Razer Blackwidow V3 Pro review: An impressive wireless mechanical gaming keyboard

Does the Razer Blackwidow V3 Pro stand up to the competition while cutting the cord?

Razer Blackwidow V3 Pro review
(Image credit: Razer)
T3 Verdict

The Razer Blackwidow V3 Pro proves that its Hyperspeed wireless tech has been worth the wait. It's a solidly satisfying bit of kit, and if your desk demands no wires, this is a great choice… you just have to keep it topped up.

Reasons to buy
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    Lag-free wireless

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    Comfortable wrist rest

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    Premium feeling typing and gaming

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Reasons to avoid
  • -


  • -

    Some software niggles

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    Battery life could be longer

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Welcome to T3’s Razer Blackwidow V3 Pro review. It’s time to deep dive into the hardware giant’s premium mechanical wireless offering. When it comes to the best gaming keyboards, we’ve had seas of glorious RGB and there are more switch types than we could ever press in a lifetime… so the final frontier for manufacturers is cutting that cord. 

Until the Blackwidow V3 Pro, Razer has been reticent to do this other than its Turret 'lapboard', but the V3 is a fully premium wireless mechanical keyboard, complete with wrist rest and multiple ways to connect. 

A good direct comparison in terms of Razer’s competition would be the Logitech G915 keyboard, which offers pro-level mechanical wire-free gaming at a similar price point. There are a few key (ahem) differences, though, and we’ll break them down below. 

Obviously the main word to talk about here is premium. Razer has opted to go big or go home with a full size keyboard complete with media keys and a choice of its own mechanical switches. Let’s see how it measures up.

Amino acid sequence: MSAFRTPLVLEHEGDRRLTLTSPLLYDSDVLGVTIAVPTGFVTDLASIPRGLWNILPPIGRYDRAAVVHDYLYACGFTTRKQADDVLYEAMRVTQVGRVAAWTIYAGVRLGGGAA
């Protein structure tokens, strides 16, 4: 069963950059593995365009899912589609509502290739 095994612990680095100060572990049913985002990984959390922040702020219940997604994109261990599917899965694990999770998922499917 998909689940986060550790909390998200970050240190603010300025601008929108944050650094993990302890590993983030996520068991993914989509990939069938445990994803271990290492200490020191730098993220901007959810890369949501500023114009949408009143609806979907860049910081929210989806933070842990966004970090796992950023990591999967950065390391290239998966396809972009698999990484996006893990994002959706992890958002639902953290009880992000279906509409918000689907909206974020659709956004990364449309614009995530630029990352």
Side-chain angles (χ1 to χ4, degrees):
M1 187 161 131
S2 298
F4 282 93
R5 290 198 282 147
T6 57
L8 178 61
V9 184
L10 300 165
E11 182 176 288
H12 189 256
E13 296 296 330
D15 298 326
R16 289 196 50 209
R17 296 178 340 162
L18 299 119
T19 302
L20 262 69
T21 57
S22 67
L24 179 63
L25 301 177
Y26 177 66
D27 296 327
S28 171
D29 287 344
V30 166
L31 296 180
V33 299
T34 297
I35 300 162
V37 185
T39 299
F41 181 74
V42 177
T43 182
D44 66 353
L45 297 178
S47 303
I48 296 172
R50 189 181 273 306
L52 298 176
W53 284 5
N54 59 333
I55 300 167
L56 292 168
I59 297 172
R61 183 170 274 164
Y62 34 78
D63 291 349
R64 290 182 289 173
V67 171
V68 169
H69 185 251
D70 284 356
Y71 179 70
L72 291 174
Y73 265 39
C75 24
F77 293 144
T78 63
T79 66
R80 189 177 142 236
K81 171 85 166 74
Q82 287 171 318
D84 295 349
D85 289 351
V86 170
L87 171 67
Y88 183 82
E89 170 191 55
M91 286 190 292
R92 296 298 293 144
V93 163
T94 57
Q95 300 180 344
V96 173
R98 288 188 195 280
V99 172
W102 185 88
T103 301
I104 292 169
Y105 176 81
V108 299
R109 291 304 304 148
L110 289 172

Before we jump into the meat of the review, though, be sure to also check out T3's best gaming mouse buying guide as well. This guide is stuffed full of top PC gaming rodents, with mice reviewed and rated for every genre, grip type and style.

Razer Blackwidow V3 Pro review: Price

Let’s start with the most painful bit. The Razer Blackwidow V3 Pro price is sitting at £229.99 in the UK and $229.99 in the US. It’s important to say though that while that seems high – and yes, it is for a keyboard – this is a competitive price point for a full-size wireless offering. Logitech G’s G915 is sitting at £209.99/$249.99 and doesn’t come with the cosy plush wrist rest of the V3 Pro. 

This is even competitive compared to the Corsair K100 RGB Mechanical Gaming Keyboard, which does have a wrist rest but still has a hefty braided cable keeping you physically fastened to your keyboard. So while the price is high, for such a well-rounded mechanical keyboard, you’re not going to feel fleeced if your hunger is specifically for wireless comfort. And let’s face it, if you aren’t too bothered by wireless, you probably wouldn’t have read this far through this review.

Razer Blackwidow V3 Pro review: Design & setup

Razer Blackwidow V3 Pro review

(Image credit: Razer)

Razer knows its stuff when it comes to keyboard design. The Blackwidow V3 Pro is a solid looking addition to Razer’s full size line up. There are no bells and whistles here – just a set of lit media keys and an enjoyably tactile volume knob that serves as a mute button with a quick press – but that’s all there needs to be. Where other brands are happy to splash a logo across every available surface or throw in all manner of extra RGB bars, Razer’s three-headed snake logo is merely embossed on the leatherette wrist rest. 

While the wrist rest is comfortably supportive and feels luxurious, it’s worth noting that unlike previous Razer keyboards, there’s no magnet holding it in place. It didn’t go anywhere during our hours of testing but it’s a little unsatisfying, even if you do only think about it once during set-up. Elsewhere, the font on the full height keys is subtle, with no sign of fingerprints even after hours of use, and there’s a distinct purposeful confidence about the design.